Stray Pit Bulls Create Budget Crunch
Forks Township rejects a new contract to collect stray animals. Palmer accepts it.
The Center for Animal Health and Welfare in Northampton County has raised it rates to overcome budget shortfalls, but some local municipalities are not buying in.
The Center takes in the stray animals, mostly dogs, found or caught in the boroughs and townships of the county. Palmer Township renewed its contract with the shelter, but Forks did not.
Dave Colver, chairman of the Palmer supervisors board said, “What choice do we have? We don’t have an animal control officer.”
Forks Township, on the other hand, decided not to renew their contract, which expires Dec. 31. Richard Schnaedter the township manager for Forks, said they haven’t yet determined what they will do with stray animals as of Jan. 1.
The Center’s fee for collecting each dog or cat increased from $100 to $150. There are also special charges for pit bulls and pit bull mixes. After the first 10 collected, picking up additional pit bulls would cost $300 each. That is a $100 increase from the previous contract.
Through October, Palmer Township has paid the animal center $3,000 for dogs and cats brought to them this year, according to Christopher Christman, township manager for Palmer Township. The township has budgeted $4,500 to cover the Center’s cost increase in 2012.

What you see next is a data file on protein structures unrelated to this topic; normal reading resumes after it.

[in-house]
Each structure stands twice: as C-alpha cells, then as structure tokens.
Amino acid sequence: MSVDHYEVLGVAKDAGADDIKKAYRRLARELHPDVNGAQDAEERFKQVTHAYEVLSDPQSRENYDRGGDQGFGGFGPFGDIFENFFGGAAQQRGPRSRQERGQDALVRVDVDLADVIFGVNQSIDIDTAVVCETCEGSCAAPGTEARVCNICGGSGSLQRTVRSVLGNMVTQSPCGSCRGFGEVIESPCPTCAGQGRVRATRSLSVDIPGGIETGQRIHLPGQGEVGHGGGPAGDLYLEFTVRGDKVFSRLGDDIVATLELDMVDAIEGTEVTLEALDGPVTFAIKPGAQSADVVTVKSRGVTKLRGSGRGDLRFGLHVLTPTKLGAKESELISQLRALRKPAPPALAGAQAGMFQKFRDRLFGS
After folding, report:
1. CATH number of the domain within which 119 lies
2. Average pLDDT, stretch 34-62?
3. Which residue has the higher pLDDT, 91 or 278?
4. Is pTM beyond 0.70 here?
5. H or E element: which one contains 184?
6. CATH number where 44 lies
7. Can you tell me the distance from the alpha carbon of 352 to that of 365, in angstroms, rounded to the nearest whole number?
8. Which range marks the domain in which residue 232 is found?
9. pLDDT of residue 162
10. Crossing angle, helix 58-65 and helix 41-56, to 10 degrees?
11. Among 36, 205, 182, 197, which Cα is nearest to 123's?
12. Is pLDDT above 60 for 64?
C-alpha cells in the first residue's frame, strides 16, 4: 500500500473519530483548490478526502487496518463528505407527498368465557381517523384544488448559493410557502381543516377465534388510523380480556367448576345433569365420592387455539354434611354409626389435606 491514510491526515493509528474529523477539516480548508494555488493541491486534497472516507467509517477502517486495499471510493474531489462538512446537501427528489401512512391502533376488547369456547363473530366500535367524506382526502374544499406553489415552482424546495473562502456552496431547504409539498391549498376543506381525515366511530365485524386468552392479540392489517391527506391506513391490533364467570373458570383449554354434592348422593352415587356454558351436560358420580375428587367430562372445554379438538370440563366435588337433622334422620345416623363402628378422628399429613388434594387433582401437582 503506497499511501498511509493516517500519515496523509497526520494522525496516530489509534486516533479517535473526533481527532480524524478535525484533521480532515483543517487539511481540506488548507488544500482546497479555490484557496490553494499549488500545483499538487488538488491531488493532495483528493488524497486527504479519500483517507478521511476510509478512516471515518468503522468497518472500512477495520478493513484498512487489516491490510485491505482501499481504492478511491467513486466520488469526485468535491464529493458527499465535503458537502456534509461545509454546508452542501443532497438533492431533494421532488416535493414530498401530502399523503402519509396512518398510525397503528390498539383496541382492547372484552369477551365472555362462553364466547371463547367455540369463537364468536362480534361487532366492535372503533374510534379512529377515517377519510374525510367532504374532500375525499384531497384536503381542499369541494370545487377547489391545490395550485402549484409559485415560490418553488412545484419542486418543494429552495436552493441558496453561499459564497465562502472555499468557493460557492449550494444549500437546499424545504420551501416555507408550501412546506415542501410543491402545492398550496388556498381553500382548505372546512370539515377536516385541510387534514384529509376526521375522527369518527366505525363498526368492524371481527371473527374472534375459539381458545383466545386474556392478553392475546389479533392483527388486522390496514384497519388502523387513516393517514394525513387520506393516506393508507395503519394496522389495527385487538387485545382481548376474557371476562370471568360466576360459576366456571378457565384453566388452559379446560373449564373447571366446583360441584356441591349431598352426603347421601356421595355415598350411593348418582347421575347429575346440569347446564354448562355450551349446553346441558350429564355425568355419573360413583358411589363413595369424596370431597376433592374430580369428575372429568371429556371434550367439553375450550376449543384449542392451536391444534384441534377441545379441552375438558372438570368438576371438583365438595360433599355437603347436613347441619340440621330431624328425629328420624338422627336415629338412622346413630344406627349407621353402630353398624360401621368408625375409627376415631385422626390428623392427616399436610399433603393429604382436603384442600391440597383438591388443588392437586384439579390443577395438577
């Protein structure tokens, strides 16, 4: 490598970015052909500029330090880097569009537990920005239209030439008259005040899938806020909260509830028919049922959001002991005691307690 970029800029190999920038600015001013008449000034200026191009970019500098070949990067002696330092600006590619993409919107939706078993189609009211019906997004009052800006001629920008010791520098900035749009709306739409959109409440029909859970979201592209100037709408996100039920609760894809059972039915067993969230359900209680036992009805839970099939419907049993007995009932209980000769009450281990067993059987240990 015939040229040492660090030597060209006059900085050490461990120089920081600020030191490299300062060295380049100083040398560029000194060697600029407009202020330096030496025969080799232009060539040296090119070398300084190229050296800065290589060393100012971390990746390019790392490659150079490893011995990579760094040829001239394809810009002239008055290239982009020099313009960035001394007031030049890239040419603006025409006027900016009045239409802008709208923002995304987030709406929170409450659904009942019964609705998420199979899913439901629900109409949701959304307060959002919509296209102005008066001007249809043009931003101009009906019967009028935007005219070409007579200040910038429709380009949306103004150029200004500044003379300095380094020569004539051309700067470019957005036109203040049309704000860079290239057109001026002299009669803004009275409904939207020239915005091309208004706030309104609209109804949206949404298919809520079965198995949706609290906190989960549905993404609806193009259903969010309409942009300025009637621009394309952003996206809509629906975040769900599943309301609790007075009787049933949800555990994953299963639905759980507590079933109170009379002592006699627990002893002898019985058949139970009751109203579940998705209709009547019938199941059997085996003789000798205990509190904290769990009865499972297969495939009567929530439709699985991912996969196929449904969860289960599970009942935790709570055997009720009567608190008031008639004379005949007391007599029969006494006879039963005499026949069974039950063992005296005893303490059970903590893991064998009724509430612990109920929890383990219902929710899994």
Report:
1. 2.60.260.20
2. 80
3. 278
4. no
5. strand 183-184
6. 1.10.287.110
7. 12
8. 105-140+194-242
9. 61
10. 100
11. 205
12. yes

According to the Center’s service agreement, sent to municipalities in October, the shelter has been taking in more and more animals, and as a no-kill shelter, it also has higher costs to care for the animals.
Pit bulls and pit bull mixes have been a special problem. The Center’s documentation states: “This is the breed that, statistically, has the most the most behavior and aggression issues, and is the most difficult to adopt out … this breed has a much longer average stay at our shelter, and often times needs the most attention with training issues.”
The Center’s agreement also specifically stated that the terms of service are not negotiable, and any modifications to it would be rejected.
Schnaedter said Forks Township ruled against the contract, in part, because it now states that residents can bring in animals to the Center on their own, but the township would still be charged.
If residents can bring in animals, then there is no way to verify that the animal ever lived in the township, he said.
Forks Township has an animal control officer who takes in animals.
In Palmer Township, the police collect strays.
At this point, “It would be foolish for us to not look into any alternatives,” Christman said
Schnaedter suggested that municipalities work together. “Maybe the municipalities would like to get into animal control out of necessity,” he said
Other municipalities, such as Nazareth and Upper Nazareth, have rejected the new contract, too.
The Center for Animal Health and Welfare was contacted for comment, but did not respond.